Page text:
Millions of families in America depend on education as a pathway toward upward mobility. We owe it to these families and their students to provide highly trained teachers who are ready on the first day. Unfortunately, way too many teachers learn how to teach during their first year in the classroom instead of before it. For example, of all the preparation programs examined in NCTQ’s most recent Teacher Prep Review, not a single one met the standard for effectively training teachers to plan lessons. Only 11 percent of programs met the standard in classroom management techniques. Student-teaching is the only real clinical experience that many teacher candidates receive, yet only 10 percent of programs met NCTQ’s standard for a strong student-teaching experience. In short, most preparation programs are doing a lackluster job of teaching their candidates how to teach.
Education schools are often hesitant to focus on clinical training because it seems too similar to vocational training. Instead, they spend considerable amounts of time on education theory, philosophy, and personal reflection. These are valuable pursuits, to be sure, but a competent teacher is one who can effectively teach. Teacher preparation programs would be much better off replicating on-the-job learning while candidates are still enrolled in their programs. That means not just teaching how to write a lesson plan, but requiring candidates to actually teach the lesson plan, reflect on its strengths and weaknesses, modify it, and then teach it again. It means not just reading about how to manage a classroom, but actually practicing strategies for engaging sleepy or bored kids, responding to minor and major misbehaviors, and dealing with emergencies. It also means that the things a first-year teacher usually learns on the fly—how to determine grades; how to effectively differentiate instruction; how to manage makeup work, students who finish early, and students who need extra time—should be explicitly taught and practiced. Teaching candidates may not be full-fledged teachers, but that doesn’t change the fact that they can benefit from the same type of development as currently teaching teachers. It’s not just about acquiring knowledge and skills, it’s about practicing what they learn, studying the effects, and then adjusting. Current teachers benefit immensely from coaching, and it stands to reason that the same is true for teacher candidates.
All of these skills shouldn’t just be taught and practiced in a clinical setting. They should also be evaluated based on competency instead of time served. Doctors don’t fill out anatomy charts and then start treating patients, and pilots don’t recite plane parts and then climb into the cockpit. Teaching is no different. Competency means that teachers must demonstrate that they can do the core work of teaching—intentional planning, effective execution, and building relationships—before they’re allowed to take charge of a classroom. Student-teaching should be the culmination of years of clinical practice graded on competency—not a candidate’s first foray into the classroom.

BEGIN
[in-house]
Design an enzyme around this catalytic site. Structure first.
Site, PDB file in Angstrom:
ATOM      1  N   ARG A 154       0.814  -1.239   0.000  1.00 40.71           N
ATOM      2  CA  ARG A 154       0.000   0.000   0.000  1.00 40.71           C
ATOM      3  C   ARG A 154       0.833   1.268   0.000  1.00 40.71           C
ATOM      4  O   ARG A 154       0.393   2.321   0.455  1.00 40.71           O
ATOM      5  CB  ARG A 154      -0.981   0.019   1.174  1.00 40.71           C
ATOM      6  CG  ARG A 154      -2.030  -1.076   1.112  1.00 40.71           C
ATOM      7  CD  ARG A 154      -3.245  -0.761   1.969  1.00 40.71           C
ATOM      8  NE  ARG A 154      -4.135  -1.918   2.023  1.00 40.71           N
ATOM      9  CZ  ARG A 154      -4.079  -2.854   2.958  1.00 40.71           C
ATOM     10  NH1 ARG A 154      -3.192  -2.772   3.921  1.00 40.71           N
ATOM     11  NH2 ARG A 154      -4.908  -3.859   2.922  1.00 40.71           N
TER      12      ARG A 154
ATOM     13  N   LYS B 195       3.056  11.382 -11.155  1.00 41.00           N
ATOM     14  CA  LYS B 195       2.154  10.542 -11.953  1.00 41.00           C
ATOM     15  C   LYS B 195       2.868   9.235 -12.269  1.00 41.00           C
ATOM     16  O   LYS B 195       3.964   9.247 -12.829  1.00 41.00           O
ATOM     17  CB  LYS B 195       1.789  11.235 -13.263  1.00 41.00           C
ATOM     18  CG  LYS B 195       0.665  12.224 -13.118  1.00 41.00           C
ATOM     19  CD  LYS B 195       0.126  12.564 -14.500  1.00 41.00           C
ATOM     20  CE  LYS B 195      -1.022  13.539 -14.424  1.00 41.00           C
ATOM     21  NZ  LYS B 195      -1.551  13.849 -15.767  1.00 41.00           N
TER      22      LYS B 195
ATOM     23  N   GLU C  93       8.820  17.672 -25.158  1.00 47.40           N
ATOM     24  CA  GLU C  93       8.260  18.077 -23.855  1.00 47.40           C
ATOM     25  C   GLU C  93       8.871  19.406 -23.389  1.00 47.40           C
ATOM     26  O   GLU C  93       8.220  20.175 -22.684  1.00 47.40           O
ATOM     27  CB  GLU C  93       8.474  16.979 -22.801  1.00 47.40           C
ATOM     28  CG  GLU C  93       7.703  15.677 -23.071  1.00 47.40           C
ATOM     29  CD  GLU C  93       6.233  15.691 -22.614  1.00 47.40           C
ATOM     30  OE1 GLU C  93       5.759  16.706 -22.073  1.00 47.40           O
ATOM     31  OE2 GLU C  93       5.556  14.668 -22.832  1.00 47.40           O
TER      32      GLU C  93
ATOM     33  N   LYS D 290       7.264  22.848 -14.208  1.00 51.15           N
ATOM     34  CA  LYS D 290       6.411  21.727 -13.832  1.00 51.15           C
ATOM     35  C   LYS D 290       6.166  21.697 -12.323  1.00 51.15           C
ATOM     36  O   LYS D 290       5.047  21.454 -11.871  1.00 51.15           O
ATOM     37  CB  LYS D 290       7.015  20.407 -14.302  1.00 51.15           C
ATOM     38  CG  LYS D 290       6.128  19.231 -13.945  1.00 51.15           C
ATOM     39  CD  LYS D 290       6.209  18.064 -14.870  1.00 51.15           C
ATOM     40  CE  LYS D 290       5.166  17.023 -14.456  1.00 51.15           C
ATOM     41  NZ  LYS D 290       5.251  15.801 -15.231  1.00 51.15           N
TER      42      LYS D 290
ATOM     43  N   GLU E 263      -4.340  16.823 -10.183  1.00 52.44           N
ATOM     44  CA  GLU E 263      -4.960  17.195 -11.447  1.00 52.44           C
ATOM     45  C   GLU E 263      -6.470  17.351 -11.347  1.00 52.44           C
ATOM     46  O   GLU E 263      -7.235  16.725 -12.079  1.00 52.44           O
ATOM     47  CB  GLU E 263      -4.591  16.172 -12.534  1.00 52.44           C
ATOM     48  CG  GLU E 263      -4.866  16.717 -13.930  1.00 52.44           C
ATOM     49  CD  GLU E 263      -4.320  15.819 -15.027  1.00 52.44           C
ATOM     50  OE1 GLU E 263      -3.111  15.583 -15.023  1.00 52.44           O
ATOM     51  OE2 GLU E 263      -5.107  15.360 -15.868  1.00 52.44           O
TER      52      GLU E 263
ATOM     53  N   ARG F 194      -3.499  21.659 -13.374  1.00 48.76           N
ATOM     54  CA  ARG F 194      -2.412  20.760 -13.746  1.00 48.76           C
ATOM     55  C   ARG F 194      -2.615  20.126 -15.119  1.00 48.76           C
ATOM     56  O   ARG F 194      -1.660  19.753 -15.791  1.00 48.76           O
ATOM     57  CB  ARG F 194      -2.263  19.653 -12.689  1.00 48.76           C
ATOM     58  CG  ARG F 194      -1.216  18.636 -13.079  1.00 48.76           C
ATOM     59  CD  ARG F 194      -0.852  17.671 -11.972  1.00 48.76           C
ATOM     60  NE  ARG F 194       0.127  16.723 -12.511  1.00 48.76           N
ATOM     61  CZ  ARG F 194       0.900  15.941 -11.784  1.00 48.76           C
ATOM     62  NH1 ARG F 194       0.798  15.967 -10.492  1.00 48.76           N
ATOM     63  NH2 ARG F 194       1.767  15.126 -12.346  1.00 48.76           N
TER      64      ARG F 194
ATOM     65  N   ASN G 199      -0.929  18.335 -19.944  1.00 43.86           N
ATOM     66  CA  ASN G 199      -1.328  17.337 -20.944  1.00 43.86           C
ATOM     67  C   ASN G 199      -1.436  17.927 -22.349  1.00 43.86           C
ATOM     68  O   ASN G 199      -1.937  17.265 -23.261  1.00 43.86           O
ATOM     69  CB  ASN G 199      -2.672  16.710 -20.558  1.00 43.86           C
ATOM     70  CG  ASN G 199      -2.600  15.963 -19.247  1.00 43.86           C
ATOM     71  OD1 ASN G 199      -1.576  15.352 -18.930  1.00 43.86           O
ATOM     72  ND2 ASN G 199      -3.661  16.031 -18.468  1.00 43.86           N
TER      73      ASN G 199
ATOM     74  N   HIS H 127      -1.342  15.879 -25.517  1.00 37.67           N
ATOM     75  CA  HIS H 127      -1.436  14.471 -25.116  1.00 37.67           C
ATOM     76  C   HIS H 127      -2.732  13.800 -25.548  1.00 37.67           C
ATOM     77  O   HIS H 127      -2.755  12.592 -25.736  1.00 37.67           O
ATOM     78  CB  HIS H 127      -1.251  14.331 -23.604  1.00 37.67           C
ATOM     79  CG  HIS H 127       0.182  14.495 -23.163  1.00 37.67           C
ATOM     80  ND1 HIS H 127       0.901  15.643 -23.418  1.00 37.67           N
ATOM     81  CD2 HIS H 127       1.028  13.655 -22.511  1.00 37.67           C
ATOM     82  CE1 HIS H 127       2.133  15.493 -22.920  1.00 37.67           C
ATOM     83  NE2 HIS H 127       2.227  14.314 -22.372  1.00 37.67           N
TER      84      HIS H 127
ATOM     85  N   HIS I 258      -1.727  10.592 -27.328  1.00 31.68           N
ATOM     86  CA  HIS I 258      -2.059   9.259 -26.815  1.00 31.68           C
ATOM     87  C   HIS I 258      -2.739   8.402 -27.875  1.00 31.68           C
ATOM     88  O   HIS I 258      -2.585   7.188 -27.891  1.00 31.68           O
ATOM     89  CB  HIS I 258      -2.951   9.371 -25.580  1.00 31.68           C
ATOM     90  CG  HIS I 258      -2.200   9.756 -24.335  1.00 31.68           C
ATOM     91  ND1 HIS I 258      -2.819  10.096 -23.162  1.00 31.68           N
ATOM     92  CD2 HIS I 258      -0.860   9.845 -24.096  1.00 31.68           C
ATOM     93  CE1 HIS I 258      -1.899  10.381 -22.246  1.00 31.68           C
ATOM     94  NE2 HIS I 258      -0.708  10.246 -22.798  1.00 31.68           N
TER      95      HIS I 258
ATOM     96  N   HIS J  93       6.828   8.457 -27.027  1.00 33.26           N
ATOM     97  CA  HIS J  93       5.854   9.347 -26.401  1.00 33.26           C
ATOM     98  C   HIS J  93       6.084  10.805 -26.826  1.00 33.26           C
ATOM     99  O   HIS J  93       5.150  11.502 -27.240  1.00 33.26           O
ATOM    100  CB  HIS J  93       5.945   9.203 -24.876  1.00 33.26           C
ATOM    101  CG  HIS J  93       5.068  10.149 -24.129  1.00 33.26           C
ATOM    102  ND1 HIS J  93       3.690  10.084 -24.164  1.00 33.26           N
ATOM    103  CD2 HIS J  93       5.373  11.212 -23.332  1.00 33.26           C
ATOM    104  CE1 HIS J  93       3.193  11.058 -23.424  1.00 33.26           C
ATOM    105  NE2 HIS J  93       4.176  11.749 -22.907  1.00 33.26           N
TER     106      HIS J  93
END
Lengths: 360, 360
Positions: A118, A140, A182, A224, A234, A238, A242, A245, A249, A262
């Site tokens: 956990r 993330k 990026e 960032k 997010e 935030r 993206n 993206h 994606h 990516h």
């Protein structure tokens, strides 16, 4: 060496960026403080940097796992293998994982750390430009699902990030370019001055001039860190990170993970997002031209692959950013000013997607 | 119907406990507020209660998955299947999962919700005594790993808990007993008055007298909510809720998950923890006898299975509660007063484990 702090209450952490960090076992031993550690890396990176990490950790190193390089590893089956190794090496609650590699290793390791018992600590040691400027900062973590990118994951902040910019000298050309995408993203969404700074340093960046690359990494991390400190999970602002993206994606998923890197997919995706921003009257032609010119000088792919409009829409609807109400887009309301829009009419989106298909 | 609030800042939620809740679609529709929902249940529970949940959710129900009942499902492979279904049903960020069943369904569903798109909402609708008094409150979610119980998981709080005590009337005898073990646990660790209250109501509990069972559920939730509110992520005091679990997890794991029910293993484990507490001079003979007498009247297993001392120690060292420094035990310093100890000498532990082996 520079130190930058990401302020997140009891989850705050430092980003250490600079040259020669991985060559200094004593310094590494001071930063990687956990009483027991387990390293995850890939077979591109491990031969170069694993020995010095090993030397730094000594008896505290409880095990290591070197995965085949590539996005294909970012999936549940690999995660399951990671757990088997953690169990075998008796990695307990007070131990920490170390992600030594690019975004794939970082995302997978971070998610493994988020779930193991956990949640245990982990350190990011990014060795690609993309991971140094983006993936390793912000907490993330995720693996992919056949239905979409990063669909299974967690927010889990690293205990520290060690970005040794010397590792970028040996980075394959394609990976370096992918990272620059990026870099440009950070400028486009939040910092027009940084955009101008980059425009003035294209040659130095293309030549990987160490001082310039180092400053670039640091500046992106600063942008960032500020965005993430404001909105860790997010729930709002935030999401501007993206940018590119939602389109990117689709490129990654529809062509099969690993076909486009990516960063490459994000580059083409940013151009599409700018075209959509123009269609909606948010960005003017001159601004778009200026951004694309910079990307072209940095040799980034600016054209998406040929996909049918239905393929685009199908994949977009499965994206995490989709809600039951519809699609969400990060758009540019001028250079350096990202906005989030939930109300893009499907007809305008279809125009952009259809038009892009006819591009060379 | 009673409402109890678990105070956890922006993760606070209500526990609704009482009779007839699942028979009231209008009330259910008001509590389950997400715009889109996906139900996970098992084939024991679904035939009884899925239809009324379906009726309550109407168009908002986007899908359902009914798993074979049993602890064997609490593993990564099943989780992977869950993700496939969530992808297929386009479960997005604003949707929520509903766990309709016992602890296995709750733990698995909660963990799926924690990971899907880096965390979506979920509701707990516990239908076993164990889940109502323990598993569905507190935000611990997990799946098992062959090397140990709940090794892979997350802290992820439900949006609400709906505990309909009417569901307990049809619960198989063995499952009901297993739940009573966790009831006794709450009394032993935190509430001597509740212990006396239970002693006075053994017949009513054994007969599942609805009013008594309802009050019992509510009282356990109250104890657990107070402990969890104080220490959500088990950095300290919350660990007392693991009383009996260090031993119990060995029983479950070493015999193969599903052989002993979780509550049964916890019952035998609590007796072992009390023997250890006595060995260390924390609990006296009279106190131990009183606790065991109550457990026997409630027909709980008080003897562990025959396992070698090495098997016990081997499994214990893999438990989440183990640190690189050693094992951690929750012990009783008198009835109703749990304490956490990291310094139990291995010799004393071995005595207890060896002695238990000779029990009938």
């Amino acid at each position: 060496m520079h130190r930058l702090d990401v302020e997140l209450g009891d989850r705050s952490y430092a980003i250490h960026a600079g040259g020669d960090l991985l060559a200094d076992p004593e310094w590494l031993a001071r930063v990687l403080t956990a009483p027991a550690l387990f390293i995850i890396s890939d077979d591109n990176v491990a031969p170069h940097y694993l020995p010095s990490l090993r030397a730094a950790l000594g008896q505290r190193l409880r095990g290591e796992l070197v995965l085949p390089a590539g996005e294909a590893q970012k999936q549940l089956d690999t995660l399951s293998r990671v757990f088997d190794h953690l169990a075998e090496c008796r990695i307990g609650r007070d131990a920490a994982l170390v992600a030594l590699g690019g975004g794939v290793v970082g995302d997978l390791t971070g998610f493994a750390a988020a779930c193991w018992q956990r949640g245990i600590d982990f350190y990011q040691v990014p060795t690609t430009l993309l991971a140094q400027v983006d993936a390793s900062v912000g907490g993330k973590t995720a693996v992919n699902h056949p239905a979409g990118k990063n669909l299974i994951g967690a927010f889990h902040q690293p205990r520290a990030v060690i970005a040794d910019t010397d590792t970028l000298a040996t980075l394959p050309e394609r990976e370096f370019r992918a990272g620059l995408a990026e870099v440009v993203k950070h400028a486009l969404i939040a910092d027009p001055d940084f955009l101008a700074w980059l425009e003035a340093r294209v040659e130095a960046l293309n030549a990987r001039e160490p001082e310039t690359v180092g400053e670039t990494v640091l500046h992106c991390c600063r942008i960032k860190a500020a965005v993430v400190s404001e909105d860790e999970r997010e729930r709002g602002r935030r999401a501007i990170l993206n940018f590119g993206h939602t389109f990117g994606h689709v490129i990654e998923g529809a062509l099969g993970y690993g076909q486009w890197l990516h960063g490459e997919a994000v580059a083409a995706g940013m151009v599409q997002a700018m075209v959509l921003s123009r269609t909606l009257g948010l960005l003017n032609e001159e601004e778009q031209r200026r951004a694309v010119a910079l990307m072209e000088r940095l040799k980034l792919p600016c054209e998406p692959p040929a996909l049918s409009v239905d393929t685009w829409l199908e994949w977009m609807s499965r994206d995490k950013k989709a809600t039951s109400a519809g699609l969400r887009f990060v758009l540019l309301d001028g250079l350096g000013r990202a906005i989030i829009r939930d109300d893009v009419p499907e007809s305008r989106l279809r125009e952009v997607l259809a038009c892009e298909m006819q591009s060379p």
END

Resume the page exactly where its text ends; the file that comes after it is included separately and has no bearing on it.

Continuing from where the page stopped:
To make competency-based clinical training a reality, teacher preparation programs need access to schools with kids. Teacher candidates need plenty of opportunities, starting in their first year, to do the work of actual teachers rather than just reading about and observing it. A recent report from Education First examined partnerships between school districts and preparation programs and offered recommendations for how to shape teacher pipelines through collaboration. This kind of partnership is the key to unlocking competency-based clinical training. Here’s an overview of a potential competency-based, clinical model for teacher preparation.
Years 1–3: Working with hybrid teachers
I’ve written before about hybrid teachers—those who instruct students and hold additional leadership responsibilities. One such responsibility could be working with a group of teacher candidates. It’s a win-win for all participants: Highly effective teachers stay in the classroom part-time and continue to impact kids while simultaneously impacting teaching candidates; candidates absorb the knowledge, experience, and coaching of current teachers; and teacher preparation programs offer the kind of real-world, hands-on experience that they often get criticized for neglecting. After all, nobody offers real classroom experience better than teachers who currently teach.